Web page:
Transportation costs in Massachusetts are astronomically high and growing at an alarming rate. The state is struggling to find additional revenue sources to meet these rising costs. Some claim that a large part of the reason for these high transportation costs in Massachusetts is a result of the high costs of operating the greater Boston MBTA public transit system. That may be true. It’s a fact that “spending on the MBTA has risen twice as fast as the rate of inflation, and MBTA employees earn far more for the same work than their counterparts in the private sector.” (Ref. 6)

     Another reason given for the state’s runaway public transportation costs is “the state’s transit-related debt—largely because of borrowing undertaken for the Central Artery Tunnel (Big Dig) Project”. (Ref. 6)

     For whatever reason, and, realistically, there are several reasons for the state’s problems, there has been a major push-back to the ongoing clamor for more and more money being thrown at the problem without a serious attempt to address the underlying causes. This has even led to an open conflict between the Democratic leadership in Massachusetts’ House and Senate with the state’s Democratic governor. Public revulsion at the prospects of still more taxes to pay for the state’s increasing transportation costs was expressed in a Boston newspaper as follows:

     “We spend more than almost anyone else, we raise spending year after year and the only solution Massachusetts Democrats can come up with is ‘more taxes, more spending?’” (Ref. 7)

     Over the years, there has been lip service paid to coming up with reforms to control the high transportation costs. “Transportation reform . . . sought to address {one} of the transportation system’s major cost drivers: labor costs, including expenses from health care and other employee benefits, especially at the MBTA. Despite some results, such as moving MBTA workers into the insurance plan covering state employees, wages and benefits remain the transit system’s biggest cost. However, collective bargaining rules and a process by which arbitration often reverses MBTA efforts to reduce costs limit the agency’s ability to further control health care and pension costs.” [Emphasis mine] (Ref. 8) Such is the result of the unholy alliance between the public employees’ unions and the state’s Democratic politicians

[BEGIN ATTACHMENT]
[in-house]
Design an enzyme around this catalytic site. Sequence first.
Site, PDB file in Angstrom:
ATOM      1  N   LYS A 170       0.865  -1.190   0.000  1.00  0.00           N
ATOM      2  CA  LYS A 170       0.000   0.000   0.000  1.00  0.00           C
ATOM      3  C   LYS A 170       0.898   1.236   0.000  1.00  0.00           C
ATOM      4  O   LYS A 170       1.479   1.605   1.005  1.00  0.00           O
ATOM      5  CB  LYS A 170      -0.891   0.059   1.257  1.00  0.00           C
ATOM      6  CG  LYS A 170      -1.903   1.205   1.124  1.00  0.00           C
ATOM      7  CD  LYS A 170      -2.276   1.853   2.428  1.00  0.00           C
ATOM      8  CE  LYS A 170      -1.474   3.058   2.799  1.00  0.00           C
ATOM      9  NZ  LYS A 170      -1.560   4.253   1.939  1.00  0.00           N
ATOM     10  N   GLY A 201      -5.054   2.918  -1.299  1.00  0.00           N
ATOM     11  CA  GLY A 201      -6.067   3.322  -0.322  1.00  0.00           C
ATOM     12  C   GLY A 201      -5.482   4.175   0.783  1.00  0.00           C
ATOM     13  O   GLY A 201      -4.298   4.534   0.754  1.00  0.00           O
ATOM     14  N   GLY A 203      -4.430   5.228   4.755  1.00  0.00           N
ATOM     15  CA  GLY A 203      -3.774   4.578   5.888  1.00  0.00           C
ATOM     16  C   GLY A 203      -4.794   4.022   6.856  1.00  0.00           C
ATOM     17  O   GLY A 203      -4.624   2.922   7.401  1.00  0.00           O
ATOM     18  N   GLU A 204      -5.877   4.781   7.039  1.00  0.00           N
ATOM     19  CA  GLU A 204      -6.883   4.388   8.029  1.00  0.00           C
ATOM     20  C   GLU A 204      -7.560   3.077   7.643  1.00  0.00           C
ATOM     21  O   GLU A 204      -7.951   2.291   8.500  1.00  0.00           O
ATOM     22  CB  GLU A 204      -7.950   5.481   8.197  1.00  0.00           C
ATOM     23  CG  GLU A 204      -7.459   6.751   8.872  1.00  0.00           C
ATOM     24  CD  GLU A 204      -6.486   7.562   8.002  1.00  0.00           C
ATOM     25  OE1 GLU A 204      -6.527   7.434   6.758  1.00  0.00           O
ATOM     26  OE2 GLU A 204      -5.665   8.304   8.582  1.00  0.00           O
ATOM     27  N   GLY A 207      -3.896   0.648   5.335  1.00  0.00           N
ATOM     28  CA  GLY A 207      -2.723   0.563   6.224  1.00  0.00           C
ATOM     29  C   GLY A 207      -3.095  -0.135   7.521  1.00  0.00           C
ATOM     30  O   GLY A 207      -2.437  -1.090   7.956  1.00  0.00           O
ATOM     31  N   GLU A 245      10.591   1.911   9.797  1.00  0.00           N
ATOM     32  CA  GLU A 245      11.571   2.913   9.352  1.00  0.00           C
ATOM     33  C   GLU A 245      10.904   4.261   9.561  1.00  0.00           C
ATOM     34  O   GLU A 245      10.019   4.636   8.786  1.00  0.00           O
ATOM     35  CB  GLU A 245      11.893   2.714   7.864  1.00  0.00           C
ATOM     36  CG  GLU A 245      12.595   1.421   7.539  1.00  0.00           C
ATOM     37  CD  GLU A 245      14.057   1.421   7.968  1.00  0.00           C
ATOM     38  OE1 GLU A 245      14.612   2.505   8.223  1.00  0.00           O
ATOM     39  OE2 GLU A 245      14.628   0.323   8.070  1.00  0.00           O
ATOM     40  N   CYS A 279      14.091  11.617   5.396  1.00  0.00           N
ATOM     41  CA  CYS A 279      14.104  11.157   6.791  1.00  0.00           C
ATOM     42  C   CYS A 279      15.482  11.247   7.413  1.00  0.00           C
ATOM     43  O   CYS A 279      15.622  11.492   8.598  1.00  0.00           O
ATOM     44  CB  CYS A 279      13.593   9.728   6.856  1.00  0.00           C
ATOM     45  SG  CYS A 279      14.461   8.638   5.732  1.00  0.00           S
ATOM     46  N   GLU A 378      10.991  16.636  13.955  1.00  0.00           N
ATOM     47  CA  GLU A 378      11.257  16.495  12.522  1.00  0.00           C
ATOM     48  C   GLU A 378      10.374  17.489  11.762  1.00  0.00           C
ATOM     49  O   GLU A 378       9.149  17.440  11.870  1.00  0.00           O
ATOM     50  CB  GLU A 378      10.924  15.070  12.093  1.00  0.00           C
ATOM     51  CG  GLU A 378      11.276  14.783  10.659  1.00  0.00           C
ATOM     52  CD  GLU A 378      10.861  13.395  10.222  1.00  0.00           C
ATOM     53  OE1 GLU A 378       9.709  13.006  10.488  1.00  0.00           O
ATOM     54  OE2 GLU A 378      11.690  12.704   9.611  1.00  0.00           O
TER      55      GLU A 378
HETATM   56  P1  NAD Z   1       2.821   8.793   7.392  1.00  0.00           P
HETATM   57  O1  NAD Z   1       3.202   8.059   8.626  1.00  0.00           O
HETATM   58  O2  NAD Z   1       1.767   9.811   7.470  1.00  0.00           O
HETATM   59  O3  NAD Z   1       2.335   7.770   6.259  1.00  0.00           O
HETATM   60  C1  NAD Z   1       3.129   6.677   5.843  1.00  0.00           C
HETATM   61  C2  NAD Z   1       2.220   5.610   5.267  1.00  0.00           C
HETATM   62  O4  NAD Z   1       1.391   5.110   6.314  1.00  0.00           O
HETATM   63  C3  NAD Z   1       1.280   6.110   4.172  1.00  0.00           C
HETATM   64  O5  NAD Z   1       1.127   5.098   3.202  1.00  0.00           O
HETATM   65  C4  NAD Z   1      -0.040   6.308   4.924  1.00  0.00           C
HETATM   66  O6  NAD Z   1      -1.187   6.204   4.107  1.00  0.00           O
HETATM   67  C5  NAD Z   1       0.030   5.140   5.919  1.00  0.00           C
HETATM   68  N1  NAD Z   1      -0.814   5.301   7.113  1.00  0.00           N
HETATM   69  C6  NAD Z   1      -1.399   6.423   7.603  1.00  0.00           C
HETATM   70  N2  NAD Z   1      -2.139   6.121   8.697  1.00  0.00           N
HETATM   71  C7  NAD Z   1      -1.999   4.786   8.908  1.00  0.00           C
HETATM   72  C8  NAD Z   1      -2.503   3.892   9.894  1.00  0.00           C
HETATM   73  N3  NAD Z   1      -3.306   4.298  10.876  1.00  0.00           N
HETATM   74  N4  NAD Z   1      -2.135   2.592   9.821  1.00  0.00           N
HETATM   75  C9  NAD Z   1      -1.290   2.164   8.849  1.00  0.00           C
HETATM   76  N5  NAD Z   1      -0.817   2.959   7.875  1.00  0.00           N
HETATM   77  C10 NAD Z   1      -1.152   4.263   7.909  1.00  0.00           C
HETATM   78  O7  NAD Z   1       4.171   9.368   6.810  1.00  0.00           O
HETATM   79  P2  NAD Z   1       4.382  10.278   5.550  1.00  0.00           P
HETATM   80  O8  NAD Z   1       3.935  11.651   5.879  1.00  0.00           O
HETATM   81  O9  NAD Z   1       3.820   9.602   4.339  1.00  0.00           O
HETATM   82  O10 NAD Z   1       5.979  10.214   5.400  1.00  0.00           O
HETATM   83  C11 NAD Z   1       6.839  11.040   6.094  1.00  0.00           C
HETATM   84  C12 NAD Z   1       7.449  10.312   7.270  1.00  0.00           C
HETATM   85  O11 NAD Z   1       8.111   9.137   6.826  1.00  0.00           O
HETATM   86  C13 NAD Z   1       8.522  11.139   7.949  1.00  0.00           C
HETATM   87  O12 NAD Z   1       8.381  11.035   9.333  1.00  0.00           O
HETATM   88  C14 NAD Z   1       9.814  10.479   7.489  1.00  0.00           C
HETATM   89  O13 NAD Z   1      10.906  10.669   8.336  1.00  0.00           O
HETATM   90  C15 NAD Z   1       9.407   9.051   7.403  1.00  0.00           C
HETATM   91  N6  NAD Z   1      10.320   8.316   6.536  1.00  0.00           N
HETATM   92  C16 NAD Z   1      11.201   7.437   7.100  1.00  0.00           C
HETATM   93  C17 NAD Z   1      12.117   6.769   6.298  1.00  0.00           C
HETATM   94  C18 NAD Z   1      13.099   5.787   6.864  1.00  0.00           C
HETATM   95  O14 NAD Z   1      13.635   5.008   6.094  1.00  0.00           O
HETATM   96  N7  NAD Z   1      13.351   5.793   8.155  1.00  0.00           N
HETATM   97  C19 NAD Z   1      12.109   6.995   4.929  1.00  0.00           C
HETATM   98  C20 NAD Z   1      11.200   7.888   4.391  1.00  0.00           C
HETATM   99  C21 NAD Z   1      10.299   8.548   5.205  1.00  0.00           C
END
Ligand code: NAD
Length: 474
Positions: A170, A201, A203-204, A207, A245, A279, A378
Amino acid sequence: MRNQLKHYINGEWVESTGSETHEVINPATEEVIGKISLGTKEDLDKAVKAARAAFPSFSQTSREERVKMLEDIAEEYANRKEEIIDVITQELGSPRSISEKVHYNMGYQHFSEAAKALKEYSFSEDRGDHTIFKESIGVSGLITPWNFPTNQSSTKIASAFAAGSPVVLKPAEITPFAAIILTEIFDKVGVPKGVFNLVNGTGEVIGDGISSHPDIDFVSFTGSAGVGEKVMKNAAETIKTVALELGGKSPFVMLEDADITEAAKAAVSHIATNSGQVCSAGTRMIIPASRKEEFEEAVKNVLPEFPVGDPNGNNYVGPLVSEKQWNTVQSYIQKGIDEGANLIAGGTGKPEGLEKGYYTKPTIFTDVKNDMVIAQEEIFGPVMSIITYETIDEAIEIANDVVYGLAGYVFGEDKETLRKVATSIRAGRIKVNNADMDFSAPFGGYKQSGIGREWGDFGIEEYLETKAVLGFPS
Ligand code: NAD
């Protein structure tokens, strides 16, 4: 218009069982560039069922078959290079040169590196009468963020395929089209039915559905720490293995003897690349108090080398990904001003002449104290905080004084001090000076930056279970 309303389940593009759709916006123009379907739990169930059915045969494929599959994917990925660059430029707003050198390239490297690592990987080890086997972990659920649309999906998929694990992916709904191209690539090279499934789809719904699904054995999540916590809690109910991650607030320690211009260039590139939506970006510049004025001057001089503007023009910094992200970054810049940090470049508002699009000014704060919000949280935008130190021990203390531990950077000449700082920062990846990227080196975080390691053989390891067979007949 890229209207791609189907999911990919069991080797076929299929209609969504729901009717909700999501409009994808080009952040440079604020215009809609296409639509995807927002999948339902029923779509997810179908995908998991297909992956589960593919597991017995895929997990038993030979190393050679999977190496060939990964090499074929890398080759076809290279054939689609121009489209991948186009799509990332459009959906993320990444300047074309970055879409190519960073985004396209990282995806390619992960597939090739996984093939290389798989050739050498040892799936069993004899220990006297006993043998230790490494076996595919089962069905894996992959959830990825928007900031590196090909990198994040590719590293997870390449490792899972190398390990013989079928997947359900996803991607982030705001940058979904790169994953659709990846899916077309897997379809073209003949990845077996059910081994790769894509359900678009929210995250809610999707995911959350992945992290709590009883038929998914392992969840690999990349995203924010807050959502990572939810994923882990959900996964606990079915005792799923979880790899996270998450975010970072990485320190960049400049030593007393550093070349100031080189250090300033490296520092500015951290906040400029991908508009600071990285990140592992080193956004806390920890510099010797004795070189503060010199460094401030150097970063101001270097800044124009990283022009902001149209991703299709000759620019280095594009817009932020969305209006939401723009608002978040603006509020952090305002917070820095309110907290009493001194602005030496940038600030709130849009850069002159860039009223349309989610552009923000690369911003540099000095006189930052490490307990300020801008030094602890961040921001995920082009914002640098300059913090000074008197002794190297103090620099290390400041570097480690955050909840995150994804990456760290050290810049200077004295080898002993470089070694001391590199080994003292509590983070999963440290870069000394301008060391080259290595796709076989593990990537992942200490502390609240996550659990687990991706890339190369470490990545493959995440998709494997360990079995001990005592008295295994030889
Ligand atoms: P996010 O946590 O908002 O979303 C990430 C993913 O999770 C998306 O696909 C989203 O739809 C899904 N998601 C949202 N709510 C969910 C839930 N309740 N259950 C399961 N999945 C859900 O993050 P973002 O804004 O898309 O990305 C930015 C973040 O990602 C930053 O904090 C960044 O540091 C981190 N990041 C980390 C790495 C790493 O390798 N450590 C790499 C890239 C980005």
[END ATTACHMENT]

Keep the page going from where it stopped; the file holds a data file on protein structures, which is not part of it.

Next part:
With reference to the most recent attempts to increase taxes, we have the following: “Here in Massachusetts, Beacon Hill Democrats want to stick us with a massive half-billion-dollar (per year) tax hike, including a gas tax that will go up automatically.
     “The good news is that {the state’s Democratic governor, Deval} Patrick is outraged!
     “The bad news? He’s outraged that it’s not higher. He’s demanding a minimum annual tax hike that grows to $800 million per year because – he says – our woefully underfunded transportation system needs it. - - -
      - - -
     “- - - {Yet} without the Legislature’s tax increase or Patrick’s turbo tax – we’re already the third-highest spender in the country. [Emphasis mine]
      - - -
     “Using figures from 2009, the most current available for this level of analysis, . . . our state Department of Transportation system’s costs are ‘well above the national average.’